I really tried not to be too negative about Hedi Slimane’s debut at Celine. I knew that it would never be as perfect as Phoebe Philo’s Céline. With her impact, her vision and her understanding of women, she’s irreplaceable at this maison. But to my own regret, I had a silly thought that maybe, maybe, two years of fashion hiatus lets a designer… develop? Progress? But no. Hedi Slimane stubbornly thinks that his aesthetic is it, wherever he designs, whether at Dior Homme, at Saint Laurent or at Celine. The debut collection had been called Paris La Nuit and was intended to be all about youth and late night party-ing. How predictable. The former Céline woman / client / fan dropped a tear the minute the first look walked down the runway – a polka-dot mini-dress with puffy sleeves. What’s worse, it seems to me that Hedi still considers today’s youth to dream about looking pale, unhealthily skinny and, mhh, dull? The model selection triggers another question: what about the diversity the model industry fights for lately? Slimane seems not to bother. Also, please note that in a pre-show interview, he clearly stated he’s solely interested in the young, and he will design for the young. He kept the promise. So we’ve got ageism, too! And yes, I know that elder models are still a rarity on the catwalks, but at least most brands don’t narrow down their target age in such a rude, discriminatory way. Let everyone dress the way they want and feel like – don’t exclude.
Slimane’s collection isn’t thought-provoking in a good way at all. I find it shallow and monotonous. Just clothes that literally look like his YSL bits: slim and grungy. To be honest, I even don’t find any sense in listing the women’s clothes he presented. The menswear part – completely new to Celine – is said to be unisex. We’re talking about very tightly fitted tuxedos, that yes, might be very well-tailored, but hardly empower anyone. Also, I smell some vague talk about gender fluidity, that desperately tries to make this collection even slightly relevant. It’s truly painful that LVMH, who is reportedly so assured of financial success coming from Hedi’s dictatorship (it’s not a typo), wants to ‘improve’ Celine this way. One word: frustrating. Conclusions: please, give Slimane his own namesake label, where his followers can go, and stay. Phoebe, I know it was you who left, but please consider coming back to us as soon as possible. There are French houses that need your help. There are people, who need you and love you!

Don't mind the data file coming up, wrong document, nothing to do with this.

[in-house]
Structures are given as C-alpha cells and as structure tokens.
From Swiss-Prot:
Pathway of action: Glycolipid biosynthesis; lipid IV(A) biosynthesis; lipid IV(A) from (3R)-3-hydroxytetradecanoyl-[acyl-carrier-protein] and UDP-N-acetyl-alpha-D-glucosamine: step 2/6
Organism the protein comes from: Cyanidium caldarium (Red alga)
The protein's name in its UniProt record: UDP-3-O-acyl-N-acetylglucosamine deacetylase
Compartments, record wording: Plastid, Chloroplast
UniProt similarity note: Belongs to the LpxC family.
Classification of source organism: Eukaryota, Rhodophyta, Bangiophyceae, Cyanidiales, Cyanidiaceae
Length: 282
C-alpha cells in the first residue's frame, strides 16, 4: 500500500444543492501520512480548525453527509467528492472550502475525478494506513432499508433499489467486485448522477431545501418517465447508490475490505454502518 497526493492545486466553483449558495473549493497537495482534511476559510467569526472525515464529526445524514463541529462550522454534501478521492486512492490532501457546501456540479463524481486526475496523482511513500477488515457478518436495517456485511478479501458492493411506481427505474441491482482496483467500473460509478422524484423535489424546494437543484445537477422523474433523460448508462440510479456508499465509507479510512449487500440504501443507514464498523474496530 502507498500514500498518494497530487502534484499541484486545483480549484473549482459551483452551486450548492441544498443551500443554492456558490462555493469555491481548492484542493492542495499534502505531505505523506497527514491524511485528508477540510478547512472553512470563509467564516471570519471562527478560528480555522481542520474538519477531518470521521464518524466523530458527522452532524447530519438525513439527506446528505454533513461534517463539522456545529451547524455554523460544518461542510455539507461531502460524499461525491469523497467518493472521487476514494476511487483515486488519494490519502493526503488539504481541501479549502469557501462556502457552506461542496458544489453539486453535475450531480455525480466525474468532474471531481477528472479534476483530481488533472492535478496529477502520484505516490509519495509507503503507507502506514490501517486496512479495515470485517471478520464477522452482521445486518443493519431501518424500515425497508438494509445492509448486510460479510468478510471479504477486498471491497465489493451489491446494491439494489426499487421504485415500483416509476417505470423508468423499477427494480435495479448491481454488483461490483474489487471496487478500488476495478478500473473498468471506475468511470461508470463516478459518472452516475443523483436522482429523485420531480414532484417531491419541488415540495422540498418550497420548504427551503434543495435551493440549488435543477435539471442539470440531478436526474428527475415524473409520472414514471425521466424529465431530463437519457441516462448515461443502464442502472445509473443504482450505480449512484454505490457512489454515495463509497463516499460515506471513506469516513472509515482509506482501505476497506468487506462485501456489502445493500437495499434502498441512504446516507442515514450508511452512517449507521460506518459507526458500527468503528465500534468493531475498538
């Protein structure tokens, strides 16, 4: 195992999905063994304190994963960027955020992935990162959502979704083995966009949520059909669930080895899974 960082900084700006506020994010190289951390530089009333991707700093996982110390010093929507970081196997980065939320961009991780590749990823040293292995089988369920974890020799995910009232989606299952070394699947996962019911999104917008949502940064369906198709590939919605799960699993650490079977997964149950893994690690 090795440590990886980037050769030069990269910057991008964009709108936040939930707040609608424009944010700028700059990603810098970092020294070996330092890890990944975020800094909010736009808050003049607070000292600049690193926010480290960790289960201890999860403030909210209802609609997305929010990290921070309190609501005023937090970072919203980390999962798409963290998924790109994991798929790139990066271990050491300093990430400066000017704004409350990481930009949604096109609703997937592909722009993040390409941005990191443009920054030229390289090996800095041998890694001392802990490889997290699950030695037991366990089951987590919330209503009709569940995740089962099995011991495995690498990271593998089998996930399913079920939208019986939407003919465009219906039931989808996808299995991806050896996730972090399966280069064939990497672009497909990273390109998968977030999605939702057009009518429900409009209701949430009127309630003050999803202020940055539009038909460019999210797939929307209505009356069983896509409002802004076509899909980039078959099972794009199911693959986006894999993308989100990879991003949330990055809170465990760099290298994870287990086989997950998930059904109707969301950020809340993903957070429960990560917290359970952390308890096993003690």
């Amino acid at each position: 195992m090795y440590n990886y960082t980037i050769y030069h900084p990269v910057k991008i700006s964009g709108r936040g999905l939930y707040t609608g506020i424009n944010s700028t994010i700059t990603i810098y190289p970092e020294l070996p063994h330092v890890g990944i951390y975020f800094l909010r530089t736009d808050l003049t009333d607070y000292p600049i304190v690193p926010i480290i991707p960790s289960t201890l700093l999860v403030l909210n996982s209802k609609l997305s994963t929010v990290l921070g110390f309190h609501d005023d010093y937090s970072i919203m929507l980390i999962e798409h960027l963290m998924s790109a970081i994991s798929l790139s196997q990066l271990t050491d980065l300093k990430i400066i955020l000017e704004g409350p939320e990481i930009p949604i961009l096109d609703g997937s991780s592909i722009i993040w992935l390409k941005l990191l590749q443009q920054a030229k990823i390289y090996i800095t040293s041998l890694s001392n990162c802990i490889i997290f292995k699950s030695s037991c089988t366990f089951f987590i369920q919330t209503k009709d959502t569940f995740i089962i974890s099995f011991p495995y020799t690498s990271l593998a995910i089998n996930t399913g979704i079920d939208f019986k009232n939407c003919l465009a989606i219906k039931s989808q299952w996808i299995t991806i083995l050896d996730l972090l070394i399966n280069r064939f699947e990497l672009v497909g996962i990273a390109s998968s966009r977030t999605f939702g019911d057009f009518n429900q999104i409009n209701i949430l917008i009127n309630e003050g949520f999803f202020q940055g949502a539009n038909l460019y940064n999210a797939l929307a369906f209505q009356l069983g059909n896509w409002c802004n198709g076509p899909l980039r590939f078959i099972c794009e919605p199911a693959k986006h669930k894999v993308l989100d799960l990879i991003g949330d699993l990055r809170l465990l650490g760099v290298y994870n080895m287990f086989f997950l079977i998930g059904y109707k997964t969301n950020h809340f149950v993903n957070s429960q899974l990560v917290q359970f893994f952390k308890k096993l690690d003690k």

Collage by Edward Kanarecki.
On Friday, we “officially” discovered that Hedi Slimane is leaving Saint Laurent for good. And yesterday, the loud rumours were approved – Anthony Vaccarello is the new main man behind the French house. In fact, there is no surprise, as for me. Vaccarello’s appealing, sharp and super short skirts and mini-dresses have always felt very close aesthetically to Slimane’s skimpy silhouettes, while the femme fatale attire, which is conveyed by the Belgian designer season-to-season might be just the perfect match for a post-Hedi era (and who knows, finally a good choice for Yves Saint Laurent’s legacy continuation). One thing’s sure – Vaccarello’s clothes that we know now would look perfect, fittingly perfect on the marbles that his predecessor placed in all the Saint Laurent flagships world-wide. But I hope that this quiet, Anja-Rubik-friendship-goal guy will take a riskier path in his new chapter, having his debut next September for the spring-summer 2017 season.